face on my cellphone
The widespread availability of digital photography thanks to camera-equipped
cellphones opens the door to all manner of humor and hijinks. Aiding and
abetting wouldbe digital jokesters is software
that allows users to transform photographs of faces into animated 3D models.
The software, developed by researchers from Ericsson subsidiary
Ericsson Nikola Tesla, Kate-Kom d.o.o. and Zagreb University in Croatia,
allows people to send each other short animated clips featuring talking
heads complete with audio messages produced with speech synthesis technology.
For example, you could take a friend's picture, convert the image of his
face into a 3D model, type in embarrassing or humorous phrases, and send
the resulting animation clip to his girlfriend. This type of image capture
and animation technology has been around for years in laboratories. The
researchers fit the software on cellphones and created an easy-to-use
(LiveMail: Personalized Avatars for Mobile Entertainment, presented
at Mobile Systems, Applications and Services (MobiSys) 2005, Seattle,
Washington, June 6-8, 2005)
All plastic radio ID tags
One of the promises -- and perils -- of radio frequency identification
(RFID) tags is that when the chips can be made cheaply enough, anyone,
including manufacturers and governments will be able to tag, and therefore
track, everything under the sun.
Key to making them cheaply is making them entirely of plastic.
Researchers from Belgian microelectronics research laboratory IMEC and
the Catholic University at Leuven in Belgium have built a high-speed organic
diode that could be the last piece of the puzzle.
RFID tags don't require a power source. They are activated when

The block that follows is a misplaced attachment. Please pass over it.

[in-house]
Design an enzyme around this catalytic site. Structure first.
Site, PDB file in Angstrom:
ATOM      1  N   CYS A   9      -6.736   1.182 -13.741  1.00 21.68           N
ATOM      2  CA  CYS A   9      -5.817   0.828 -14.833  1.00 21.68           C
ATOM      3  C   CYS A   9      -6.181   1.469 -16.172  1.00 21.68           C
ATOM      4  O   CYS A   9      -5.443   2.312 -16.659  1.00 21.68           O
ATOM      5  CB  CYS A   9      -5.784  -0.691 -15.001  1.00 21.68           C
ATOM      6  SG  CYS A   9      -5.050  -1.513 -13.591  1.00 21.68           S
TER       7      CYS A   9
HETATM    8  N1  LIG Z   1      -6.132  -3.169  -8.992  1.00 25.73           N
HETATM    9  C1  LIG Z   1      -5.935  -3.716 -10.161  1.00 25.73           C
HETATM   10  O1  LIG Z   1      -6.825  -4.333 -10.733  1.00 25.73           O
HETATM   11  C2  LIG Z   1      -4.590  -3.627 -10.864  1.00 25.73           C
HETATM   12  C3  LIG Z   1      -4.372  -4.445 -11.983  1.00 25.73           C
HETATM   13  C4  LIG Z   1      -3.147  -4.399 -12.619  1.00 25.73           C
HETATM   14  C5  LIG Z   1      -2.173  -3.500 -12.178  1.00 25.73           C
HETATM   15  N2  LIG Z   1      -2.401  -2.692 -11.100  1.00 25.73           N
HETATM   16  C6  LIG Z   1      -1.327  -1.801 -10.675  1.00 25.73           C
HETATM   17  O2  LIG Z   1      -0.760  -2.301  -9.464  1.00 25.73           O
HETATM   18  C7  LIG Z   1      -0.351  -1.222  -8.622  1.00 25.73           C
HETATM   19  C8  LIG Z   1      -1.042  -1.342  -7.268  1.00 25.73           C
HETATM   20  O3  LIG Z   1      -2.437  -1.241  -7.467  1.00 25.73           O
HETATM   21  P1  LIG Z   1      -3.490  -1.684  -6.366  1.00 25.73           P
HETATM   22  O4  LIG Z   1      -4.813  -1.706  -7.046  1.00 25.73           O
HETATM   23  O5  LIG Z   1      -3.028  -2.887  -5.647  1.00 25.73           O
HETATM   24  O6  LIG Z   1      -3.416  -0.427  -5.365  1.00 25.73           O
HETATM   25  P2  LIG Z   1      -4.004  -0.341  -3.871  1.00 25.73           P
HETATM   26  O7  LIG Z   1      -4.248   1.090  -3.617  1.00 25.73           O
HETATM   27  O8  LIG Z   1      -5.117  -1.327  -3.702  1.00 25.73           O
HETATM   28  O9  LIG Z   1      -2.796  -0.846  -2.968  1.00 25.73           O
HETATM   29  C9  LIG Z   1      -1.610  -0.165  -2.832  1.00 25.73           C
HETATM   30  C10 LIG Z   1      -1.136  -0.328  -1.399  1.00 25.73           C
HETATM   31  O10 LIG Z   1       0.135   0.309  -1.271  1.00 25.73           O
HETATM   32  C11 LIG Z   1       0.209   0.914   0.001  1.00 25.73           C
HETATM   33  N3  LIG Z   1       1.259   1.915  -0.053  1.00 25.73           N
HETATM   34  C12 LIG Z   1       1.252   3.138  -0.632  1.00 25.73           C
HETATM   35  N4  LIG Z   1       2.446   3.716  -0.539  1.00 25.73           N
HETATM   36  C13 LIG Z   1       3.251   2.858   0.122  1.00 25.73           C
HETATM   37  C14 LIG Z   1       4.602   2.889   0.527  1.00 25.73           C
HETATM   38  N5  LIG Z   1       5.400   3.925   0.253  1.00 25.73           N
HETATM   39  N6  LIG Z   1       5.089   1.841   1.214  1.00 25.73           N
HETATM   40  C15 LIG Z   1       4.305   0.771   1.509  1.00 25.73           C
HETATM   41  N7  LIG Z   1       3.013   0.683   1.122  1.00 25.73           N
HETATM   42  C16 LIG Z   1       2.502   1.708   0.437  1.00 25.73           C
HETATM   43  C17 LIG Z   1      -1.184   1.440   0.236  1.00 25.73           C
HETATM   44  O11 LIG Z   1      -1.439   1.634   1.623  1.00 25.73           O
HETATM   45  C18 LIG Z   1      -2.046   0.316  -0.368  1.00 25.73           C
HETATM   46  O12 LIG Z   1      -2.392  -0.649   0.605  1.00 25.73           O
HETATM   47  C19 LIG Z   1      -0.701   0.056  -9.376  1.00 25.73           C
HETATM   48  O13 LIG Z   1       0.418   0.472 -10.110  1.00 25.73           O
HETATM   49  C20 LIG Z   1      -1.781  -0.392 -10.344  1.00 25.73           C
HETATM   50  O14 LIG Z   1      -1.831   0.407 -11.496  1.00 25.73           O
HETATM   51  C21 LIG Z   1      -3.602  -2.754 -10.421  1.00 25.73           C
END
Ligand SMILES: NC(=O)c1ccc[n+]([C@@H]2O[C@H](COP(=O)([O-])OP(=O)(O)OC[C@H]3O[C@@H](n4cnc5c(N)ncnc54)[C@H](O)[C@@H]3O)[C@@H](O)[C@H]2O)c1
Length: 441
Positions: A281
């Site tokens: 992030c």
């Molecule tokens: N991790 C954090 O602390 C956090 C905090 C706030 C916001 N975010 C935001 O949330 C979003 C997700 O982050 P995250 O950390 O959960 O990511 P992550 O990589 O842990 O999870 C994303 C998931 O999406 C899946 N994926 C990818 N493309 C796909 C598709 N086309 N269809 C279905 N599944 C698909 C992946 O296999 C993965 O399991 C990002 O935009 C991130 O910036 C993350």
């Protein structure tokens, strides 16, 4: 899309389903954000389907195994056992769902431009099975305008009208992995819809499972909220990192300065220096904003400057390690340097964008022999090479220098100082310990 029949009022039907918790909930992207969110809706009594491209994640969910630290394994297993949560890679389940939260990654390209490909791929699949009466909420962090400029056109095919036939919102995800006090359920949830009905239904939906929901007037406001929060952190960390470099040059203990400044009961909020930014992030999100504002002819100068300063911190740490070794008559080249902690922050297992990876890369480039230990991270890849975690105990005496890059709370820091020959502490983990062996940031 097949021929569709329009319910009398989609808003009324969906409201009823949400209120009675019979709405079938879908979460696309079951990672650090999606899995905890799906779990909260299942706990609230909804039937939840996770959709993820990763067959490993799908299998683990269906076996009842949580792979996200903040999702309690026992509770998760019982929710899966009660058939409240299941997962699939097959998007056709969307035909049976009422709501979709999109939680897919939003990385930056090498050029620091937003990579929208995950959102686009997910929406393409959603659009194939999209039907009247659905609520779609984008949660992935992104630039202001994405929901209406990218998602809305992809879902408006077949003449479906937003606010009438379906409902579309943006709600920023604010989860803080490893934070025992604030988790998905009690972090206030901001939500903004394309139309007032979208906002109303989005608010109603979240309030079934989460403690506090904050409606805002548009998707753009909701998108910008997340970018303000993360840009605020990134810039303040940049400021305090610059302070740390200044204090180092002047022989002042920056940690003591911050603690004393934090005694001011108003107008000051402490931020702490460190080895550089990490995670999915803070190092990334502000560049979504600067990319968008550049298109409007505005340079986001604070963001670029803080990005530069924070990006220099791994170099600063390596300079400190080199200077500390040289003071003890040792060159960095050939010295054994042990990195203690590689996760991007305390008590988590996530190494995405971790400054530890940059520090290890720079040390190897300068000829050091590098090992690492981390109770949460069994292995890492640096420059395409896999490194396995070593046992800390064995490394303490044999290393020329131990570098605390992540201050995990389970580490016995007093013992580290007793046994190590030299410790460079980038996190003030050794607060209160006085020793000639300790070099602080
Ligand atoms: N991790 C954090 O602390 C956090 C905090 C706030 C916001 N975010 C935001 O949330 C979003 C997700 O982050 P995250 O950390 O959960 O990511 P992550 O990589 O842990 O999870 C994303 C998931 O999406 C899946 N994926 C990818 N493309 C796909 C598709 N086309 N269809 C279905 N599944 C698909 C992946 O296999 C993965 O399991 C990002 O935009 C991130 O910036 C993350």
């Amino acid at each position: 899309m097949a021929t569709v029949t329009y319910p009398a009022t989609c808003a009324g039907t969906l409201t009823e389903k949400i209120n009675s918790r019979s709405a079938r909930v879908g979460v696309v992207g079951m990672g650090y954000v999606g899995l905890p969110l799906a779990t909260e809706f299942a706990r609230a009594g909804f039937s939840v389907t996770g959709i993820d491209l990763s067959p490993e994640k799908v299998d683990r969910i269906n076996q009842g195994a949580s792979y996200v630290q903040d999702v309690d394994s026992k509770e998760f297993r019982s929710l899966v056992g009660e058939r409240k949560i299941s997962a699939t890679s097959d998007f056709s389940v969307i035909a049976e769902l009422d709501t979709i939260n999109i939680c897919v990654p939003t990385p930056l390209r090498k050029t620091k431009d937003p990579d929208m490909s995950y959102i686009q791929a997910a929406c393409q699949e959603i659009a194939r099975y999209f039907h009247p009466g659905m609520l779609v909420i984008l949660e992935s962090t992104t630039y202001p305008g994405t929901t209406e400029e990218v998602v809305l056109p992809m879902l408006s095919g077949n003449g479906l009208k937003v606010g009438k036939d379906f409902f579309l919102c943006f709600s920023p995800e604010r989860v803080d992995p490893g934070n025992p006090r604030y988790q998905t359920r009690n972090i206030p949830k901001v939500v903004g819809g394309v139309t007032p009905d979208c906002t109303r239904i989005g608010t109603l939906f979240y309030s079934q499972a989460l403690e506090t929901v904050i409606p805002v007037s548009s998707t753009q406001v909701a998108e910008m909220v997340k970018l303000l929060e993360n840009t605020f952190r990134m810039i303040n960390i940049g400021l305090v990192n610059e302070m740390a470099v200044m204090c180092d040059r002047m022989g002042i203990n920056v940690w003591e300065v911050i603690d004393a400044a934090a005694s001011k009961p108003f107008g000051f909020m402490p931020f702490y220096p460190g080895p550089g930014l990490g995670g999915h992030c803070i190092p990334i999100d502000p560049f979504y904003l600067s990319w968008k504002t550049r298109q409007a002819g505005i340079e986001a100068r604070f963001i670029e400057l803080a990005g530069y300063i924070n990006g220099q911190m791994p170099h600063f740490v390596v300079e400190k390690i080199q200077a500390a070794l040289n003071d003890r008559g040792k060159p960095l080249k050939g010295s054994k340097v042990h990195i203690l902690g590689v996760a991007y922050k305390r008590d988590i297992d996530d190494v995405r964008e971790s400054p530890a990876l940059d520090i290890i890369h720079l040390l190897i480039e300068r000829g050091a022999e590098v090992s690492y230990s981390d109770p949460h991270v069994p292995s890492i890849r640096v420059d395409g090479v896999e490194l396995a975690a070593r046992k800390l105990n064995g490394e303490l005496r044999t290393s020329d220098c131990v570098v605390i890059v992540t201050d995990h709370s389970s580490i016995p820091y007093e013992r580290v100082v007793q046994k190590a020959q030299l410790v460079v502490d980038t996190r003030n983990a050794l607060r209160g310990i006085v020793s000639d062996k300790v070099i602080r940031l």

a tag reader hits them with radiowaves; the radiowaves provide the power
the tags need to transmit a signal back to the reader. Plastic transistors
are fast enough to carry out the task of transmitting a tag's ID codes,
but the rectifier, which converts alternating current produced by the
reader's radio signal to the direct current needed by the tag's circuits,
is another matter. The researchers' organic diode rectifier -- at 50 megahertz
-- is fast enough to do so.
(50 MHz rectifier based on an organic diode, Nature Materials,
DNA and electricity
The question of whether or not DNA molecules conduct electricity
has been the subject of a hot debate stoked by conflicting experimental
results. The tricky part of answering the question is it's extremely difficult
to connect individual molecules to circuit testers. Because of this, past
results have been all over the map.
Researchers from Hebrew University and the Weizmann Institute
of science in Israel have developed a more accurate test that shows that
conduct electricity. Key to the accuracy was a way to make the DNA
molecules stand up so that only one end was touching the surface, assuring
that nothing was interfering with or assisting the molecules' conductance.
The physics of how electricity moves through DNA remains an open question.
(Direct measurement of electrical transport through single DNA
molecules of complex sequence, Proceedings of the National Academy
Of Sciences, August 16, 2005)
Simpler nanotube circuits
Carbon nanotubes are the object of many a researcher's vision
for ultra miniaturized computer circuits. Among the many challenges to
making computer chips from nanotubes, however, has been finding a way
to connect millions of closely-packed nanotubes to metal electrodes to
Researchers from the University of California at San Diego and
Clemson University have sidestepped the problem by showing that Y-shaped
carbon nanotubes act as electrical switches all by themselves, removing
the need for the connections. Given a high enough voltage, the Y-shaped
nanotube blocks electrical current to turn the switch off. The researchers
are still working out the physics involved in the switching process.
(Novel electrical switching behavior and logic in carbon nanotube
Y-junctions, Nature Materials, August 14, 2005)